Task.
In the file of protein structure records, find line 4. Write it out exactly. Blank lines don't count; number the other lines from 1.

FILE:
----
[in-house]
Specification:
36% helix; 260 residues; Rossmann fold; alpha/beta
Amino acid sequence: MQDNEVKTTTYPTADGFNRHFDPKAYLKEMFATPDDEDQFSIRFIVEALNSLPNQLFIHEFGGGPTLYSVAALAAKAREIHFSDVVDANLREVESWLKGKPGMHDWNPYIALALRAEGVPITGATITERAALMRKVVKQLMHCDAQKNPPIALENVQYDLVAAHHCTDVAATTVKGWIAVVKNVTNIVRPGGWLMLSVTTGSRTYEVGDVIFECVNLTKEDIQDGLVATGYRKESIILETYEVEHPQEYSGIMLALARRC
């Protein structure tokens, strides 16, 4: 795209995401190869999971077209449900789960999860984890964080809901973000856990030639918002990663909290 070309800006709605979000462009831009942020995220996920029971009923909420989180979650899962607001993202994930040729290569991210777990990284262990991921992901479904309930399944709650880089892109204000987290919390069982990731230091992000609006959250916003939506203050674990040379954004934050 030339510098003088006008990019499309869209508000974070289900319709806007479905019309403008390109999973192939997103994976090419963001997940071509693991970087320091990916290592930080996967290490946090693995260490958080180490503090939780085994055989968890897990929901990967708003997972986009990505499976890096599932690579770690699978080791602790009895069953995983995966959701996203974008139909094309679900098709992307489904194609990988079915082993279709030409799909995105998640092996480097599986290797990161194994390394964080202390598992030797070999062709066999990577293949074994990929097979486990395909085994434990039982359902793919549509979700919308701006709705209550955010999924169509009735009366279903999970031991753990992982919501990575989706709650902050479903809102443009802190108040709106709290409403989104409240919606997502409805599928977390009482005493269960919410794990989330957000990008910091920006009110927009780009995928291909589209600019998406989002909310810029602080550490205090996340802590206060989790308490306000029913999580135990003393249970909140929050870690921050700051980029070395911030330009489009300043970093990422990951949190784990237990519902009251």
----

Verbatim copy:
Amino acid sequence: MQDNEVKTTTYPTADGFNRHFDPKAYLKEMFATPDDEDQFSIRFIVEALNSLPNQLFIHEFGGGPTLYSVAALAAKAREIHFSDVVDANLREVESWLKGKPGMHDWNPYIALALRAEGVPITGATITERAALMRKVVKQLMHCDAQKNPPIALENVQYDLVAAHHCTDVAATTVKGWIAVVKNVTNIVRPGGWLMLSVTTGSRTYEVGDVIFECVNLTKEDIQDGLVATGYRKESIILETYEVEHPQEYSGIMLALARRC